THE DEVIL AND THE TRUE-BLUE NORTH

Chad Miller has shaken the small town of Stewart, B.C., to its roots. Two weeks ago, Miller, 21, who has lived in Stewart, near the tip of the Alaska Panhandle, for 2 Vi years, requested that his satanic church and mail-order business, The Embassy of Lucifer, be granted a business licence and space on the sign outside town that lists Stewart's six other churches. The resulting controversy, Miller says, is unwarranted. Added the high priest, who acknowledges inflicting curses: "People have freaked out at the idea of satanism, but there's nothing evil about it." For his part, Aid. Russell Earl said that council granted the business licence, but added: "There isn't a snowball's chance in hell that he's going to get the church's name on that sign."

A Finnishing touch

The Finnish national team finished a respectable third in the recent Canada Cup hockey tournament that the Canadians won last week. And a little jab that Toronto fashion mogul Peter Nygard threw at the players after their first match against Team Canada, which ended in a 2-2 tie, may have spurred the team on. After the game, Nygard, who was bom in Finland, threw a party for the team. There, he invited the players to take the stage, where each one kissed a pretty young woman dressed in traditional Finnish costume. As the introductions ended, Nygard accepted a two-foot ceremonial knife from the FinnishCanadian Chamber of Commerce. He fingered the blade, turned to the assembled players and announced: “I’d like you all to know that this young lady is my daughter, and she is only 14.” He added: “And she’s got a big daddy with a big knife.”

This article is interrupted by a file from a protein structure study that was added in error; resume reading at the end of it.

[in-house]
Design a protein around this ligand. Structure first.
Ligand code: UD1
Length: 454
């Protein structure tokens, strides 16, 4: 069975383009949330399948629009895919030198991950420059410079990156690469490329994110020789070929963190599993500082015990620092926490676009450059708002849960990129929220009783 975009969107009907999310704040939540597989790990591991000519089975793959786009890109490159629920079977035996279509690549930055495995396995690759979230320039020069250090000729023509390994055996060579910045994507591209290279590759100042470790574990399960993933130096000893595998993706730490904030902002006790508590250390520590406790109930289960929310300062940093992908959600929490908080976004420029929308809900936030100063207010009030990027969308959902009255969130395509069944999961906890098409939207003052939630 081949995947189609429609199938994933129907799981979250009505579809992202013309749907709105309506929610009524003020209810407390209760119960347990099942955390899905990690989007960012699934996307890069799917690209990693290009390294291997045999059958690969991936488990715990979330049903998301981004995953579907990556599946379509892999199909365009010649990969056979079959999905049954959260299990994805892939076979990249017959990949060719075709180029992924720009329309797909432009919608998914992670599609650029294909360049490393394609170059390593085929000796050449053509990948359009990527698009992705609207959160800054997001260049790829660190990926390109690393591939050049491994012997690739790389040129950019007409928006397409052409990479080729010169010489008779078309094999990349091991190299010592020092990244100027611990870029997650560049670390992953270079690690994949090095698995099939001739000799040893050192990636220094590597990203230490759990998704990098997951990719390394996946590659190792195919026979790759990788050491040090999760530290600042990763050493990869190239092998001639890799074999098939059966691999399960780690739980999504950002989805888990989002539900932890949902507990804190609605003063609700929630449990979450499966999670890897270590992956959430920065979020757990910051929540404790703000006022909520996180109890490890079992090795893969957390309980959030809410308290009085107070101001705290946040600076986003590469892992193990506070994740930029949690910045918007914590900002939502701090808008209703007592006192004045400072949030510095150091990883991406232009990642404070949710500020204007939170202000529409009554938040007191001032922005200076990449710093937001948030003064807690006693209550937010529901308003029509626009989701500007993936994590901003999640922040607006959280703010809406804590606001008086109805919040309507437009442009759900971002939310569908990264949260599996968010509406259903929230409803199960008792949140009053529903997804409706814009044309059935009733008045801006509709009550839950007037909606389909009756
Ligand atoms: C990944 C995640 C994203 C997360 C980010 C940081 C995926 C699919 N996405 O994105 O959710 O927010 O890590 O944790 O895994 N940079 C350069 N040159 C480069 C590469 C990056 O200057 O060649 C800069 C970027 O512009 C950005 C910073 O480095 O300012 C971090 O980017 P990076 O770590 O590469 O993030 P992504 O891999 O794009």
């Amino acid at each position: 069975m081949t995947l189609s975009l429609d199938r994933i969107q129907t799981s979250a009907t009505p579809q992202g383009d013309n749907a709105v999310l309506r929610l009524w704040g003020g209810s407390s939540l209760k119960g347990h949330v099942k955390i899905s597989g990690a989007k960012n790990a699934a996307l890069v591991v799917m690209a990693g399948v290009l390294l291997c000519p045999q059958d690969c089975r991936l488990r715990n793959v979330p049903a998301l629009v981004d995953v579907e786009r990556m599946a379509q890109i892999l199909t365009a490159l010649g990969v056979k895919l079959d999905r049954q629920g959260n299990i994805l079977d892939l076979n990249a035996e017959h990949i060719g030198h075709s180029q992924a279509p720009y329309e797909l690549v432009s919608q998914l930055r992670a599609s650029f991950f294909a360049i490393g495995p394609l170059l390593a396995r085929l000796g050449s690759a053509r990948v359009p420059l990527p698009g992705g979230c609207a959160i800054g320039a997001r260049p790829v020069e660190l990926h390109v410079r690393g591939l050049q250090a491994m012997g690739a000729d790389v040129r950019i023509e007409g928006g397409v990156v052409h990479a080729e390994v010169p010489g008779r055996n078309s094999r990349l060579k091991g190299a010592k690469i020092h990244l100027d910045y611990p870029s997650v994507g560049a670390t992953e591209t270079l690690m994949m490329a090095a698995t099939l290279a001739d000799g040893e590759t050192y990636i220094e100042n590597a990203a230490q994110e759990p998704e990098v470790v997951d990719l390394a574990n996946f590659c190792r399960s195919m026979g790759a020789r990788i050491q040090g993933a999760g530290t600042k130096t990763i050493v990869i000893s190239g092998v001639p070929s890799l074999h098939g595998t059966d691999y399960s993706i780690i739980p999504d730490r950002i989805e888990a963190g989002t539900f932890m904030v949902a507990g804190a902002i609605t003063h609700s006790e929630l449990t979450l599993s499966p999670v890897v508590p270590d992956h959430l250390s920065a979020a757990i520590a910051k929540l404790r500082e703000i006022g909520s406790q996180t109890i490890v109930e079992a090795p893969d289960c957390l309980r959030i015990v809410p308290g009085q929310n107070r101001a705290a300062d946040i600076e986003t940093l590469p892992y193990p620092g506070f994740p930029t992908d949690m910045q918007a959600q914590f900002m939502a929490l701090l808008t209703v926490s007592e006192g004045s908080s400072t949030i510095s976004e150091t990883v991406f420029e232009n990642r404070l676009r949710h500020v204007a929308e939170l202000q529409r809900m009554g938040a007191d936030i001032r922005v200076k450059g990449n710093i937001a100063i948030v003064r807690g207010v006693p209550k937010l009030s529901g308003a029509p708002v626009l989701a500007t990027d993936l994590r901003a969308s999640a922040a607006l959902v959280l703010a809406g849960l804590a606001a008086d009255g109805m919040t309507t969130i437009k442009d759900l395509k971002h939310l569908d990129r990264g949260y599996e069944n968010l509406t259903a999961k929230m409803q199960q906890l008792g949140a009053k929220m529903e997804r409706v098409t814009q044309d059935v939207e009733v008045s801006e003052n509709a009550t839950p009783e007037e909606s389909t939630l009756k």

MAKING AN HONEST MISTAKE

The New York City-based Doubleday Book Clubs may have been too influenced by the controversy that greeted Kitty Kelley's recent biography of former first lady Nancy Reagan. In its latest bulletin to Canadian subscribers, Doubleday features Nancy Reagan: The Unauthorized Biography in the same section as novels that included Canadian mystery writer Joy Fielding’s See Jane Run—under a bold headline that says “Fiction.” Earlier this year, many prominent commentators, including New York Times columnist William Safire and syndicated writer

George F. Will, questioned Kelley’s research methods

and suggested that her book was indeed more fiction than fact. But Susan Sandler, editor in chief for the book club’s Canadian division, told Maclean’s that the book club simply made a mistake. Said Sandler: “It was in no way an editorial comment on Kelley’s book, which is definitely nonfiction. The wrong headline was dropped in, and it should have just said ‘recent best-sellers.’ ” But Sandler added that she appreciated the irony. “I’m still trying to find the culprit who did it,” she said. “But I can’t decide whether to laugh my head off or be furious with whoever was responsible.”

A jump on history

When an extramarital affair dashed his presidential hopes in 1987, Gary Hart turned to writing. Now, events have

overtaken his book, Russia Shakes the World: The Second Russian Revolution and Its Impact on the West, which he wrote before the defeat of the August coup. Hart dismisses Boris Yeltsin as a “charismatic malcontent.” He is more astute about the Baltic states, predicting that they will gain independence from Moscow “within a decade.” A safe bet.